The Spiking 10-Year Treasury Yields Apparently Rattled the Government’s Nerves.
By Wolf Richter for WOLF STREET.
There was a lot of navel-gazing in the “Quarterly Refunding” documents released today and on Monday by the US Treasury Department about the explosive surge of the 10-year Treasury yield.
These documents project how much in marketable debt the government will have to issue to refinance maturing debt and add new debt to fund the ballooning deficits in Q4 2023 and Q1 2024.
The total amounts were released on Monday — $776 billion in Q4 and $816 billion in Q1 to be added to the marketable debt. Today, the details were released, including to what extent that new debt will be composed of longer-term notes and bonds.
There was a lot of navel-gazing because the last Quarterly Refunding documents released on August 2, and the expectations of that info in the month before had triggered a 120-basis point surge in the 10-year yield from about 3.8% in early July to 5% briefly on October 23, which was quite a spectacle. And that had apparently rattled the government’s nerves.
So the recommendations today by the Treasury Borrowing Advisory Committee (TBAC) de-emphasized the issuance of longer-term securities, particularly those ranging from 7-year notes to 30-year bonds.
And instead, the recommendations shifted more weight to short-term Treasury bills (1 month to 1 year) and to 2-year notes and 5-year notes which respectively increased by $11 billion and $10 billion over the next six months in today’s plan compared to the August 2 plan for the same period.
The chart shows the TBAC’s issuance recommendations for 3-year notes through 30-year bonds, not including TIPS and FRNs, in today’s documents (red line), and the documents released on August 2 (green line). Issuance of those 3-year notes through 30-year bonds will still balloon, but less than projected on August 2.
OK, so T-bills out the wazoo. TBAC figured that the shift to T-bill issuance will cause the amount of T-bills outstanding to balloon by $460 billion in Q4, and by an additional $586 billion in Q1, or by a combined $1.05 trillion in just two quarters!
At the end of Q3, there were $5.26 trillion in T-bills outstanding. The additional issuance in Q4 and Q1 would increase the total by 20% to $6.31 trillion.
At the end of Q3, T-bills accounted for 20% of marketable Treasury securities outstanding. By the end of Q1 2024, the share of T-bills would rise to 23%.
The navel-gazing about the surge in longer-term yields.
The TBAC’s report went into details about why longer-term yields surged, and it came up with a laundry list — I counted a dozen — of reasons:
1. “Stronger-than-expected” economic activity. It cited the 4.9% surge in GDP in Q3, “strong consumption” of goods and services, growth in residential investment, growth in durable goods orders, job growth, etc.
2. “The possibility that the ‘neutral’ real rate of interest is now higher.”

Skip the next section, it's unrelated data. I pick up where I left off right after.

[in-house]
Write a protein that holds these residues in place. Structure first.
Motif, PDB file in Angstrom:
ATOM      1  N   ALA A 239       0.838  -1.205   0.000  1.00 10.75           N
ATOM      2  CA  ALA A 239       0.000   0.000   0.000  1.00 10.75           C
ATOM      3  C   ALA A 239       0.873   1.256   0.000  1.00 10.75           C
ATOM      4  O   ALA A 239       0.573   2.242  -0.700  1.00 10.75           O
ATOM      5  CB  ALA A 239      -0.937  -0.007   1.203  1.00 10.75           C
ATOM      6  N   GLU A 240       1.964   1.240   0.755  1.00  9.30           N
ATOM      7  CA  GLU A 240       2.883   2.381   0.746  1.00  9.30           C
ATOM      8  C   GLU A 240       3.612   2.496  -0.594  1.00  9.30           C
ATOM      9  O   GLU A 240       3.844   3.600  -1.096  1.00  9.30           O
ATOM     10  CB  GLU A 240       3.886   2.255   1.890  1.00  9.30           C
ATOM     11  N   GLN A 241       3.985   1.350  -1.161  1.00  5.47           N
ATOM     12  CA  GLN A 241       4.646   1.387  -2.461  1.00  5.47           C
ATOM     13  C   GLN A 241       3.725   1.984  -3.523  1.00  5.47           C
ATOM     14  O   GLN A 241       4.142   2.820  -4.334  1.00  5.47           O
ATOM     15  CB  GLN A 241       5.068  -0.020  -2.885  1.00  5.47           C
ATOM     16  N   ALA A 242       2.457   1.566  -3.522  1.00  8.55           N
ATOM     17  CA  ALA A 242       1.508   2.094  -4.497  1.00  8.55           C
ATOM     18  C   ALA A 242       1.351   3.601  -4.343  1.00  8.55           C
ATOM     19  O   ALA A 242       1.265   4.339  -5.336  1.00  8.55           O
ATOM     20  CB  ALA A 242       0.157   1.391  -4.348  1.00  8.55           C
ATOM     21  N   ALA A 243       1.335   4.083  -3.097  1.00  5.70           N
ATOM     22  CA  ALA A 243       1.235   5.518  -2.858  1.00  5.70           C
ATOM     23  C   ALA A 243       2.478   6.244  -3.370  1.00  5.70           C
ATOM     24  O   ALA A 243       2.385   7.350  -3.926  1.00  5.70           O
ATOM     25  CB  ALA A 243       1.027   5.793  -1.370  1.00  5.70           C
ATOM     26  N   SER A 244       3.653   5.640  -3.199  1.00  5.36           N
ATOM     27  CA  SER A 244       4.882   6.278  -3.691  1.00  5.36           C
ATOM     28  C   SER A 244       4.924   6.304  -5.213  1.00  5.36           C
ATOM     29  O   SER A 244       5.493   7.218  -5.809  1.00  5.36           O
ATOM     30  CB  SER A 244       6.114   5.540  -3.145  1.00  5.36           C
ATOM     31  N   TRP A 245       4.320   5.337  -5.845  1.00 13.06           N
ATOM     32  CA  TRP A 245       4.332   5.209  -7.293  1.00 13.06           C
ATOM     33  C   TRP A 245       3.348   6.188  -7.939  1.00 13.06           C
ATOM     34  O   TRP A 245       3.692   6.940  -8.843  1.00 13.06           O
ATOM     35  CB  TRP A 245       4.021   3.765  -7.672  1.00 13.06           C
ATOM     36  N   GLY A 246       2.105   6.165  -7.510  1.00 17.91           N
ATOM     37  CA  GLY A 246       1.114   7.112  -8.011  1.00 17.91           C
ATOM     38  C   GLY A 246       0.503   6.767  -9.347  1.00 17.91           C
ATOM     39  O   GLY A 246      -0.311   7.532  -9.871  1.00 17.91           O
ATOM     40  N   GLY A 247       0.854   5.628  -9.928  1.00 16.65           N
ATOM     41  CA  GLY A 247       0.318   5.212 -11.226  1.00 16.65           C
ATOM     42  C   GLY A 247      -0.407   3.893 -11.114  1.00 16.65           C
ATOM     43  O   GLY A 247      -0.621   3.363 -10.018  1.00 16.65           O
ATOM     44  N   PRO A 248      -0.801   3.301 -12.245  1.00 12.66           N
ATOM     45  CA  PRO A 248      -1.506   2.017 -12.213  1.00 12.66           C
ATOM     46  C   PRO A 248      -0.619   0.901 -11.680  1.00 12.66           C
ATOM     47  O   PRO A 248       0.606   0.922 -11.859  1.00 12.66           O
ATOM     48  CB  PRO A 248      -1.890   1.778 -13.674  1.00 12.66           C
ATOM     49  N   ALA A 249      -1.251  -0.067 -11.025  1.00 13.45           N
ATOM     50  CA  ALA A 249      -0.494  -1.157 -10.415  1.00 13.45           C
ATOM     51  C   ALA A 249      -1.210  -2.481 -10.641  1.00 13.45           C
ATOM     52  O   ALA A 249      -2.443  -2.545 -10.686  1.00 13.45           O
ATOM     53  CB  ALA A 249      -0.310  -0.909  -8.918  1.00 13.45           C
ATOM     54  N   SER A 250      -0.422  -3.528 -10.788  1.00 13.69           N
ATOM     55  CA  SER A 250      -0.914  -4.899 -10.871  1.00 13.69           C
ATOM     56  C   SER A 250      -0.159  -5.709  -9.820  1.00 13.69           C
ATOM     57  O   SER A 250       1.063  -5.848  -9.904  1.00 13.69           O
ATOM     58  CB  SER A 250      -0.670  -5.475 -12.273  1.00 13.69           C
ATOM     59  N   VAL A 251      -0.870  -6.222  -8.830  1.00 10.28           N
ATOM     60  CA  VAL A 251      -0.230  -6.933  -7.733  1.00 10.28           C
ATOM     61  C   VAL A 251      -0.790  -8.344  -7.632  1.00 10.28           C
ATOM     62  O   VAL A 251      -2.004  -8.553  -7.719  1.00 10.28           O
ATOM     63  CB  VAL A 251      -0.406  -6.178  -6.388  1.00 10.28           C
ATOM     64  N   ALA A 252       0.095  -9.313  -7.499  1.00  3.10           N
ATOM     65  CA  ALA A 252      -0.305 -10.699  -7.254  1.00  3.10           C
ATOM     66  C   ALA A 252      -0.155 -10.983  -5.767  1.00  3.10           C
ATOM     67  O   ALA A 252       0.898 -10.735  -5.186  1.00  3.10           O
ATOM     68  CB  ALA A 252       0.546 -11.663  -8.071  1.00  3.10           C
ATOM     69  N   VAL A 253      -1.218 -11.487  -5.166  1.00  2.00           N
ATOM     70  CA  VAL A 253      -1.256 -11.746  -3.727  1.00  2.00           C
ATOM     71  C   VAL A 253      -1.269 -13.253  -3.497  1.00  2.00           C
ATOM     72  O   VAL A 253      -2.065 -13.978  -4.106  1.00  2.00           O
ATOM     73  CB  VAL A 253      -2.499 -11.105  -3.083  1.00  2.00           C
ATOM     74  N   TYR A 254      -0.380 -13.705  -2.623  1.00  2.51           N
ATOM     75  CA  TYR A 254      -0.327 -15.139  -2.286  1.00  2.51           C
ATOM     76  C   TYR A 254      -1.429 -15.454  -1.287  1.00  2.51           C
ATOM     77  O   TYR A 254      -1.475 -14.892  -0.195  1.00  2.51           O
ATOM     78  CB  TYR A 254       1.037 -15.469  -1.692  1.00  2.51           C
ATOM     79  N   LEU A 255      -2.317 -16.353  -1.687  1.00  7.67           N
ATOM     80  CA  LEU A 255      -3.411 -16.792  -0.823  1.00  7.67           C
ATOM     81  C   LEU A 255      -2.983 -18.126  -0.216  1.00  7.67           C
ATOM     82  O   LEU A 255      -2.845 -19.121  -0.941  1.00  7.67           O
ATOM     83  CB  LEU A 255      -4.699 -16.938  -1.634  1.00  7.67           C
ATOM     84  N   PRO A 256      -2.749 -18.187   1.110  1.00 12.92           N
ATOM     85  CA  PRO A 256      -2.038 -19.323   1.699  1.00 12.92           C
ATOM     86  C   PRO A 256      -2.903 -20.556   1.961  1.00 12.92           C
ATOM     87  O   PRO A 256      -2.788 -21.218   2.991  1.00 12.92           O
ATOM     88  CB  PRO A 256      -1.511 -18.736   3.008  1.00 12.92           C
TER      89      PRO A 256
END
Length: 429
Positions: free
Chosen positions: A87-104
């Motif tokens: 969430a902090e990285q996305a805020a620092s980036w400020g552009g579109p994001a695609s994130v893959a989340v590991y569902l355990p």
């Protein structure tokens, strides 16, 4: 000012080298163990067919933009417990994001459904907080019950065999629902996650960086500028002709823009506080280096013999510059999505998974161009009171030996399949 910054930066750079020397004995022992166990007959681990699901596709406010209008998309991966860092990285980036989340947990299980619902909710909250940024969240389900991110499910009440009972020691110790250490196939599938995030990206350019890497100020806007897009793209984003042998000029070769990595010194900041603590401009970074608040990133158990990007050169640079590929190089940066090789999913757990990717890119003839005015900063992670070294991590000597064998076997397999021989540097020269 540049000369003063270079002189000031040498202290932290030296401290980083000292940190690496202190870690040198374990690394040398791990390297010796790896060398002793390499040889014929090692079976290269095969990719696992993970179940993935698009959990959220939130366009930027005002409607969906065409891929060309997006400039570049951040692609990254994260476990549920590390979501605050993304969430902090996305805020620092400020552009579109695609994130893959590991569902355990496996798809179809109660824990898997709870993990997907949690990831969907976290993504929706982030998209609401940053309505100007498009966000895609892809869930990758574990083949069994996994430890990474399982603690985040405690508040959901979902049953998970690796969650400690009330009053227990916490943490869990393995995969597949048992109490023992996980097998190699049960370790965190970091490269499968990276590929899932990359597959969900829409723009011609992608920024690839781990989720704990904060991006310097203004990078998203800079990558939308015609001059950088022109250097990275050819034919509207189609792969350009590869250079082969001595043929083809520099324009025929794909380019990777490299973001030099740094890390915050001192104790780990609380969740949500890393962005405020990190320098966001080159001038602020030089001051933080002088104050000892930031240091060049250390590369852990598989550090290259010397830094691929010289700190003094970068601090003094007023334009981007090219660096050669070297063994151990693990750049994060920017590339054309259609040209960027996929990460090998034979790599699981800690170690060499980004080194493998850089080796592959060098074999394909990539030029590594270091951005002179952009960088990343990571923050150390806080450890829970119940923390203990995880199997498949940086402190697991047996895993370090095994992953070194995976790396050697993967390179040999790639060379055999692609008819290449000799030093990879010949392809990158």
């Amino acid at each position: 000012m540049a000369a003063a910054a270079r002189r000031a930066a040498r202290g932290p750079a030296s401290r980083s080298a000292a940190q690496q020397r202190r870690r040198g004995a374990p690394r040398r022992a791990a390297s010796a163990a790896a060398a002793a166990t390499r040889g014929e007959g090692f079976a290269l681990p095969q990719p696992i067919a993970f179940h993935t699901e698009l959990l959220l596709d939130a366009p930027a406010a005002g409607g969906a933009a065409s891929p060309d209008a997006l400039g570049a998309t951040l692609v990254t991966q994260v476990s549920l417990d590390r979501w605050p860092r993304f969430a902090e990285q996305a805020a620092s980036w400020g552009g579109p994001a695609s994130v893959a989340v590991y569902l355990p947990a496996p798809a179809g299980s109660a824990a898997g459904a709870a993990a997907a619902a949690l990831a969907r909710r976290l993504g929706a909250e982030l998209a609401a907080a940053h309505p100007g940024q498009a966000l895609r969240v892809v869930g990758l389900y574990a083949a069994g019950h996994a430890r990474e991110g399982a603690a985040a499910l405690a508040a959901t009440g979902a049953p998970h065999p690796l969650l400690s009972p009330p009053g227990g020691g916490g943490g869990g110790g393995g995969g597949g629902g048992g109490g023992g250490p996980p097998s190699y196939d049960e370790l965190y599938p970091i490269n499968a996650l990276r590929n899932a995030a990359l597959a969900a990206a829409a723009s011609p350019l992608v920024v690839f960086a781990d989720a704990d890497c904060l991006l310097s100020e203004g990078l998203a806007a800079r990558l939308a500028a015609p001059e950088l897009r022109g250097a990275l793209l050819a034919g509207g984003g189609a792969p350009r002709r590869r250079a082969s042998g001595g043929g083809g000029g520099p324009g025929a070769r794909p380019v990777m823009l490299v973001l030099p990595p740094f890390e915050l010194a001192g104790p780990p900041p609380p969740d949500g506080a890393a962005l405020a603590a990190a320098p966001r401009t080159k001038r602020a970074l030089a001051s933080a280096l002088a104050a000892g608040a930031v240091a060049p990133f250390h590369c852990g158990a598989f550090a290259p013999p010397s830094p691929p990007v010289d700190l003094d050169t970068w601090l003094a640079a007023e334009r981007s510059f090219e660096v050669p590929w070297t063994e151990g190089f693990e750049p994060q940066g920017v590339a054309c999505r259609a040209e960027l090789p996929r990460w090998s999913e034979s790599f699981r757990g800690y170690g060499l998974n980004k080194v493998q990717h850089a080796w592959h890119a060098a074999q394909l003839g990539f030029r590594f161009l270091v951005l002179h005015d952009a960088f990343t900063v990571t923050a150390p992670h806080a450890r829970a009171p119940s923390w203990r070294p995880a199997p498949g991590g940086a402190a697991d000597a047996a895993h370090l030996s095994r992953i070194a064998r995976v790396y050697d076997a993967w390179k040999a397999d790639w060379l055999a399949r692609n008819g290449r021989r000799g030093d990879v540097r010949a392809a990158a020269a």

3. “Changing expectations around the near-term monetary policy path”—the higher for longer may finally be sinking in.
4. “Higher real yields as measured by TIPS securities.”
5. The ballooning debt. Oops, someone figured it out. “The growing imbalance between supply of and demand for US Treasury debt may also have contributed to the sell-off.” The ballooning debt will have to be sold, and new buyers need to be lured in with higher yields. We’ve been saying that here on WOLF STREET for a long while.
6. The Fed’s QT that includes a $60 billion a month runoff in Treasury securities, totaling close to $900 billion on the balance sheet to be released tomorrow. This is “funding that will need to be replaced by issuance to the private market,” TBAC said.
7. Oh, and “on August 1st Fitch downgraded the US long-term rating from AAA to AA+,” which was a hoot.
8. Foreign investors and central banks, oh my. They are still adding to their positions but a lot more slowly than the debt increases, and their share has been tumbling. And worse: “The appreciation of the US dollar means some foreign central banks may consider liquidating Treasury securities in the process of defending their currencies,” TBAC said.
9. Investors got caught on the wrong foot: “Anecdotally, some investors had expected that ten-year Treasury yields would not rise beyond the approximately 4.25% high of last year and had already extended the duration of their fixed-income portfolios – meaning they now have limited capacity to add more interest rate exposure,” TBAC said.
10. Banks, after imploding, lost interest?: Their “security portfolio assets have been declining since last year with bank holdings of Treasuries down $154 billion compared to one year ago,” I would think largely because a handful of banks have imploded because of those bets?
11. Treasury auctions show “some early evidence of waning demand,” while still “consistently oversubscribed.” TBAC said that “On October 12th a reopening of the thirty-year bond auctioned 3.7bp cheaper than the prevailing rate before the auction, the largest “tail” in a thirty-year bond auction since 2021.”
12. The term premium demanded by investors: “Investors may now require an additional yield or ‘term premium’ to hold longer-term debt.”
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